Seiko Pogue 6139
The first automatic chronograph in space is the 6139 from Seiko, which was worn in 1973 by the American astronaut William R. Pogue, the pilot of Skylab 4. Pogue spent 84 days on the Skylab Orbital workshop and returned in February 1974.
While training, Pogue needed a chronograph, but the Omega Speedmasters would be provided only near the date of the launch, so he bought himself a Seiko 6139-6002 in order time his exercises and tests.
- Ref: 6139-002
- Diameter: 40.00 mm
- Thickness: 10.00 mm
- Lug width: 19.00 mm
- Caliber: Seiko 6139
He kept it during his mission, making it the first automatic chronograph to go to space! It was reported that it performed flawlessly throughout Pogue's long stay on the Skylab Orbital station. This particular 6139 model is now called the Seiko “Pogue”. The 6139 was also one of the first automatic chronographs to be produced in the world.
The Seiko chronograph model 6139-6002 he was wearing had a distinctive yellow sunburst dial, with one minute register at the bottom of the dial. The automatic chronograph movement also provided a day-date complication, visible through a framed window at 3 o'clock.
This vintage watch is colorful and its bright color combinations will definitely attract curious collectors. The bezel has a tachymeter in a red-blue Pepsi color scheme, which contrasts well with the yellow sunburst dial. This watch incarnates the spirit of the 1970s: innovative, bold and vibrant. It's a true vintage gem.
The Seiko 6139 Pogue also features a yellow inner bezel, which can be adjusted via the crown at 3 o'clock. The white hour and minute hands are rather simple looking and are lumed. The central sweep second hand and the smaller 30-minute register hand are both bright red. They are easy to spot and complement well the yellow and “Pepsi” colors.
The dial has applied lumed hour indices and the frame around the day-date window integrates very well with them. Above the 30-minute register, you can notice the “Suwa” factory logo, and just above it, the marking “17J.”. The dial and hands are protected by a crystal made of hardlex instead of acrylic, which was the most commonly used material in that era.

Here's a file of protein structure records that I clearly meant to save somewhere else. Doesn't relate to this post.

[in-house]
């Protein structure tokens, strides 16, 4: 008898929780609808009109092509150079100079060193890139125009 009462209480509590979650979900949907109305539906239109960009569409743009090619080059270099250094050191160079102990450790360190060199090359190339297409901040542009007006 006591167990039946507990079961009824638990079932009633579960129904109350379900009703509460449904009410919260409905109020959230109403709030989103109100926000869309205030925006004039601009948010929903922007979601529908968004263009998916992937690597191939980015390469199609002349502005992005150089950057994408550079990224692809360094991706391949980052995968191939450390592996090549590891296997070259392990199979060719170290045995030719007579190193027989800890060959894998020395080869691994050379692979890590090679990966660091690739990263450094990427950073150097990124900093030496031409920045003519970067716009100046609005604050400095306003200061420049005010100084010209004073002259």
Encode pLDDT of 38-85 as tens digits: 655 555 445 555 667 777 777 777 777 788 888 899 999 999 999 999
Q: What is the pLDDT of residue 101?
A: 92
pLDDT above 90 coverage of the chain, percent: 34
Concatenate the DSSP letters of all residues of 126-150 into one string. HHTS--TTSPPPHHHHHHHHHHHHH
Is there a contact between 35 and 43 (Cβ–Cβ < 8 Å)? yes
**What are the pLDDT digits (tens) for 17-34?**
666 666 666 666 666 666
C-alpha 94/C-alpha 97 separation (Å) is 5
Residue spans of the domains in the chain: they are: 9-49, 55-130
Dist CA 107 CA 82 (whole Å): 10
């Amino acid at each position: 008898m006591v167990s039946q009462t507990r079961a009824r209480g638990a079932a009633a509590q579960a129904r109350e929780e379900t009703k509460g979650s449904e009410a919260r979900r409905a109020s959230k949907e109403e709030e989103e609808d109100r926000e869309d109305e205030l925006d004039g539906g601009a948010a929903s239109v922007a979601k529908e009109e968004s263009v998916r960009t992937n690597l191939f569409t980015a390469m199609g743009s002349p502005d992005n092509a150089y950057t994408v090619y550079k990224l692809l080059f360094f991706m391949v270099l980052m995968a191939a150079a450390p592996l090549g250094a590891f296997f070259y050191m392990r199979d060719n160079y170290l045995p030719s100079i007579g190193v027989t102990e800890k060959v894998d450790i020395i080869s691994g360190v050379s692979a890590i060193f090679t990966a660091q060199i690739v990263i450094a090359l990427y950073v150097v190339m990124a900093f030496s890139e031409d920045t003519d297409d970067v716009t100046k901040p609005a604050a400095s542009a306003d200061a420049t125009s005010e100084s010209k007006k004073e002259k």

In November 2006, Pogue replied to a question from David Bruno (watch enthusiast) about his Seiko, and explained: "I did not wear the Seiko on an EVA (spacewalk). I can't remember if I wore the NASA Omega on my EVA's but we did have an extra-long black watch band that wrapped around the sleeve of the spacesuit. .... We wore the watch like this for launch (suited). I put the Seiko in a suit leg pocket after we got suited for launch and when we got into orbit we got unsuited and changed into flight clothing (shirtsleeves and trousers). I put the Omega on my right wrist at this time, and the Seiko on my left wrist. I did not get NASA approval to carry the Seiko watch on the mission but we weren't given the Omegas until late in our training. I had been using the Seiko for well over six months (perhaps a year) and had found it very handy for timing engine burns in the simulator, using the bezel as reported earlier. ...".
The case of the Seiko 6139 Pogue has a shape similar to the other watch cases used in the 1970s. It has a diameter of 40mm and a lug width of 19mm. The case features quite a few facets, if you look at the side you will see that it plays nicely with the light. The screw-down case back looks rather classic yet of quality.
The thickness of the Seiko 6139 is 12mm, making the proportions of this watch comfortable and suited for most wrists. The bracelet of this watch is simple yet comfortable, it can be adjusted by sliding and locking tabs.
To conclude, the Seiko 6139 Pogue is a great daily wearer, it is comfortable and has a lot of wrist presence due to its vibrant color scheme. It can be considered as an affordable Omega Speedmaster alternative despite its very unique design, simply because it's the first automatic chronograph to have been in space. It's a solid vintage watch with a lot of history!
Here are 8 suggestions on eBay for the Seiko Pogue 6139:
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